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Before Irving Berlin
NYTimes - about 14 years
To the Editor: Barry Gewen is incorrect in his review of Jody Rosen's ''White Christmas: The Story of an American Song'' (Dec. 8) when he states that '' 'White Christmas' was, significantly, the first Christmas song to become a hit.'' A casual perusal of Joel Whitburn's ''Pop Memories 1890-1954,'' the bible in such matters, indicates that there
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Lew Wasserman, 89, Is Dead; Last of Hollywood's Moguls
NYTimes - over 14 years
Lew R. Wasserman, the former chairman and chief executive of the Music Corporation of America, who was arguably the most powerful and influential Hollywood titan in the four decades after World War II, died yesterday in Beverly Hills. He was 89. The man considered the last of the legendary movie moguls, Mr. Wasserman began as a theater usher,
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Executive Life: The Boss; A Boy Preacher Grows Up
NYTimes - almost 15 years
I'M an ordained Baptist minister. I gave my first sermon when I was 12. I didn't know I could do it; I just felt I was supposed to. God called me to do so. My father, a minister, didn't like the idea of boy preachers. So, he said, I could speak only if I met these criteria: ''First, you're obedient to your parents. If you're not obedient to your
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Kermit Goell, 82, Songwriter
NYTimes - about 19 years
Kermit Goell, a songwriter, died on Thursday in Portland, Me. He was 82. Mr. Goell was perhaps best known as the lyricist for the 1947 hit ''Near You,'' with music by Francis Craig. It was a big seller not only for Craig and his band but also for the Andrews Sisters and, 10 years later, for Roger Williams. Mr. Goell was born in Brooklyn. He
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Luise King Rey Is Dead at 83; Big-Band Singer in King Sisters
NYTimes - over 19 years
Luise King Rey, one of the harmonizing King Sisters who sang their way out of Utah in the 1930's, cut a swath through big-band America in the 1940's and made a surprise splash on television in the 1960's, died on Monday at her home in Sandy, Utah. She was 83 and had been married for 60 years to the guitar-playing band leader Alvino Rey. They may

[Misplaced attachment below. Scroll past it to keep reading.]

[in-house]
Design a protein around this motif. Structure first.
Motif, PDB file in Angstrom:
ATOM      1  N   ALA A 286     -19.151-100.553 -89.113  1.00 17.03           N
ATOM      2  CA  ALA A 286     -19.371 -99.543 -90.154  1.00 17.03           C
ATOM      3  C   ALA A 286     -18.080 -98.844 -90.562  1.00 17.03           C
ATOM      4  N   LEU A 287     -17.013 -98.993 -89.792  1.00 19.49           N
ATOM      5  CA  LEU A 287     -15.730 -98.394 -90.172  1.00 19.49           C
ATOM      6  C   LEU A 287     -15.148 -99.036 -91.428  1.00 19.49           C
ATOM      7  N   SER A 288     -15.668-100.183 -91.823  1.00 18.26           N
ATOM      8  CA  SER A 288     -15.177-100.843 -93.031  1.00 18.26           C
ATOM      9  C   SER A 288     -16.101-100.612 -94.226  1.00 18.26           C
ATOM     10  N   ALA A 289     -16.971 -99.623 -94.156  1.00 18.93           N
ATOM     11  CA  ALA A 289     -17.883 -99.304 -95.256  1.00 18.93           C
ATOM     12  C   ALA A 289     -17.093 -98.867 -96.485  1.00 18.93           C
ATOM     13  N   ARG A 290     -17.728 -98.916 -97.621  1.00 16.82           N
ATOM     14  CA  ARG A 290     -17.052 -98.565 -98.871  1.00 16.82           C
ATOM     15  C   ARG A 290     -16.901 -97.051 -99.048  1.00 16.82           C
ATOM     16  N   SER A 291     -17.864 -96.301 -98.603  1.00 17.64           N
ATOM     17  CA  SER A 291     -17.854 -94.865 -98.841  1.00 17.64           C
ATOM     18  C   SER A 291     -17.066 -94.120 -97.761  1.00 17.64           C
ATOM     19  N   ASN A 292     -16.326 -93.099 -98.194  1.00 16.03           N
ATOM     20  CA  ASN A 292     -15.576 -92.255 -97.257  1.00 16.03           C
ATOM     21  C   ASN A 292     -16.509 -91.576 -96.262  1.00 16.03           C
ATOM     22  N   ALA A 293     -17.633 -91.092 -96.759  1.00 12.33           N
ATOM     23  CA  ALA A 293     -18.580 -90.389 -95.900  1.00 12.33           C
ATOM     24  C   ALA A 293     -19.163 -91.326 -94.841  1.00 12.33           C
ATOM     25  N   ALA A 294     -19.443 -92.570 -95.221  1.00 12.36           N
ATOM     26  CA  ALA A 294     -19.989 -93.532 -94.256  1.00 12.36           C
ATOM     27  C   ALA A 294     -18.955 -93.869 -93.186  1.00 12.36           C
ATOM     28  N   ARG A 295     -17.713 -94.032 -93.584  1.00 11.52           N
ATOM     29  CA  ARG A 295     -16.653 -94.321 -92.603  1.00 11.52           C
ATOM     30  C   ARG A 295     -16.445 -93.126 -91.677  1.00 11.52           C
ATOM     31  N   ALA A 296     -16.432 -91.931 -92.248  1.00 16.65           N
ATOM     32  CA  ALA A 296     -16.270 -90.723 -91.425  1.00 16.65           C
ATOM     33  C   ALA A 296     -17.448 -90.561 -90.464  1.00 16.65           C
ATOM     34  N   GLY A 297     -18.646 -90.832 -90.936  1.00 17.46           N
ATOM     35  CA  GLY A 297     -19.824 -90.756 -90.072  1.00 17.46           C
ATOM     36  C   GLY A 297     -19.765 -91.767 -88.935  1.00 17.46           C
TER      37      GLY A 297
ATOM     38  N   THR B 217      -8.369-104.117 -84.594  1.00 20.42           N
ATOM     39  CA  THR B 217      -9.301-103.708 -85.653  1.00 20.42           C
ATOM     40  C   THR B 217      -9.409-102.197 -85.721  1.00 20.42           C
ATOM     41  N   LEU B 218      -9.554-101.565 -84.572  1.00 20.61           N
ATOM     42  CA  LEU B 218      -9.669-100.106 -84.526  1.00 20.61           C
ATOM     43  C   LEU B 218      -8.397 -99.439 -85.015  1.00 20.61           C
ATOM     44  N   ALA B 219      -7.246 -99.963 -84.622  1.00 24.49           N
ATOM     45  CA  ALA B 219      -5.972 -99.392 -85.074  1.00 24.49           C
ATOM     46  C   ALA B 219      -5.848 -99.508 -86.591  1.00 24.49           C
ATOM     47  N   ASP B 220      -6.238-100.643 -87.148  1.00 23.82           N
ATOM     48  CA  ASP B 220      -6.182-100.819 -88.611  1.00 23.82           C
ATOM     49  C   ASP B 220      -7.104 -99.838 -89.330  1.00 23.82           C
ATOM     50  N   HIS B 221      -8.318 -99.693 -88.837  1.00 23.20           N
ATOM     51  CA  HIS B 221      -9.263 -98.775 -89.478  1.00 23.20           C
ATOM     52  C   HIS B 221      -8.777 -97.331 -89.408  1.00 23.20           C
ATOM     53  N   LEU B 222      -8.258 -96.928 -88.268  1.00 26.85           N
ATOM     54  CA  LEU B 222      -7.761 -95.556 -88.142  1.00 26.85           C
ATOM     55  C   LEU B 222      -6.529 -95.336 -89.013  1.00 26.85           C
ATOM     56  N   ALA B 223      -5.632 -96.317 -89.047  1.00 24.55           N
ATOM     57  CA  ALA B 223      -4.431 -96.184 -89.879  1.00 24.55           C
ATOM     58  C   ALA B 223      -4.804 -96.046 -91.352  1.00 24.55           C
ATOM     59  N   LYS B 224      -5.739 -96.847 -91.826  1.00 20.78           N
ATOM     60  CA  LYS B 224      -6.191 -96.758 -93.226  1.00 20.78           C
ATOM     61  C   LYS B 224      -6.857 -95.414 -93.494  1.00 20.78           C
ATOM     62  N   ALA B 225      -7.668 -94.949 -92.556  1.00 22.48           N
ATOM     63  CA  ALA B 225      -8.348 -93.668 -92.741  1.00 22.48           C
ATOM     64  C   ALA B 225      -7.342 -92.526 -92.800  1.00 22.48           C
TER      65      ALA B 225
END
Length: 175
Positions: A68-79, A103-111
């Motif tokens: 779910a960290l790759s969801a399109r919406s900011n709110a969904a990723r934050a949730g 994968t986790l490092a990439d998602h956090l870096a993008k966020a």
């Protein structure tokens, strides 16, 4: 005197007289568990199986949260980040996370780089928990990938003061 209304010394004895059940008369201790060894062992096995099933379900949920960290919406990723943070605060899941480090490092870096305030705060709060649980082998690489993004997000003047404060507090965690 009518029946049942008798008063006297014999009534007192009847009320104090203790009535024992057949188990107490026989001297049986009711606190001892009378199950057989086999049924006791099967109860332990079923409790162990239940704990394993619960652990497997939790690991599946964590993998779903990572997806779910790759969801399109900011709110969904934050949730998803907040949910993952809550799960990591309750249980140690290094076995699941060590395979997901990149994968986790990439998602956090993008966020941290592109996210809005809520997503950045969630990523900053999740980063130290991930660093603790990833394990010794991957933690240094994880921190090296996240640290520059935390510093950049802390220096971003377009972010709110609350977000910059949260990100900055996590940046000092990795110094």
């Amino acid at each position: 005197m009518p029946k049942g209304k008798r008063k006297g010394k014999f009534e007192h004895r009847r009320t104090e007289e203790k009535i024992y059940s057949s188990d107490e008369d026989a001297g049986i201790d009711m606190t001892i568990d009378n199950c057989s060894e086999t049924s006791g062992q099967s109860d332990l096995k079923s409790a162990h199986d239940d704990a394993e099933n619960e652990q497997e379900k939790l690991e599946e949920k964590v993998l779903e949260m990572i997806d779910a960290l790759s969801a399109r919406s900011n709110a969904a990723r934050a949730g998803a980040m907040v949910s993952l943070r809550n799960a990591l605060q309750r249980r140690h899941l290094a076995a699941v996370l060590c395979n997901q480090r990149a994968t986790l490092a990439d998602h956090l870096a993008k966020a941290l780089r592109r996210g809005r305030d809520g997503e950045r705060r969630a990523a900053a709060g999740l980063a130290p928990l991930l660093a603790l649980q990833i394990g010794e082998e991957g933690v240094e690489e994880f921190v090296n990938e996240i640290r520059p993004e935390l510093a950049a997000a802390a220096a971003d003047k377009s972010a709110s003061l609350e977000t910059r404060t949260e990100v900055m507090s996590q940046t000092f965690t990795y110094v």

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Famed Riveter In War Effort, Rose Monroe Dies at 77
NYTimes - over 19 years
Rose Will Monroe, an employee of an aircraft factory who, through a chance meeting with a Hollywood star, became the celebrated ''Rosie the Riveter'' in World War II, died on Saturday in Clarksville, Ind. She was 77, and a resident of Clarksville. Mrs. Monroe's remaining kidney began to fail two years ago, and that led to her death, her family
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Ginny Simms, 81, Singer and Actress
NYTimes - almost 23 years
Ginny Simms, a singer who first won fame as a big-band vocalist and went on to a career in films, died on Monday at Desert Hospital here. She was 81. The cause was a heart attack, said her husband, Donald Eastvold. During her singing career, Miss Simms performed with the Kay Kyser band. Among her recordings are the singles "Don't Ever Change,"
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Timeline
Learn about memorable moments in the evolution of Kay Kyser
    LATE_ADULTHOOD
  • 1985
    Age 79
    Kay Kyser died in Chapel Hill, North Carolina of a heart attack on July 23, 1985, just weeks after his 80th birthday.
    More Details Hide Details He was buried at Old Chapel Hill Cemetery in Chapel Hill, NC. Kyser was inducted into the North Carolina Music Hall of Fame in 1999. The University of North Carolina at Chapel Hill is custodian of a large archive of documents and material about Kyser which was donated by his widow and made available to the public on April 8, 2008.
  • 1983
    Age 77
    In 1983 he was made President of the First Church of Christ, Scientist, Boston, a one-year position.
    More Details Hide Details He referred to it as "honorary," joking: "I haven't been elected Pope or anything." Kyser and Georgia Carroll remained married until his death. They had three children.
  • FORTIES
  • 1950
    Age 44
    It was this arthritis which is often cited as one of the reasons Kyser retired from performing in 1950.
    More Details Hide Details In the early 1960s, several members of the Kay Kyser team (including Kabibble and Simms but not Kyser) reunited to record an album of new versions of Kyser's greatest hits. In the 1970s, Kay ran the film and television department of the Christian Science Church in Boston. He was a Christian Science practitioner, teacher, and lecturer.
  • THIRTIES
  • 1944
    Age 38
    Kyser converted to the Church of Christ, Scientist sometime between 1944 and 1946, despite the fact his mother had been the first female pharmacist in his home county.
    More Details Hide Details Nevertheless, he had become interested in Christian Science when conventional medicine did not relieve his problems with arthritis.
  • 1941
    Age 35
    Kyser and Ginny Simms co-starred in "Niagara to Reno" (described as "an original comedy") on CBS radio's Silver Theater April 6, 1941.
    More Details Hide Details
  • CHILDHOOD
  • 1905
    Born
    Born on June 18, 1905.
    More Details Hide Details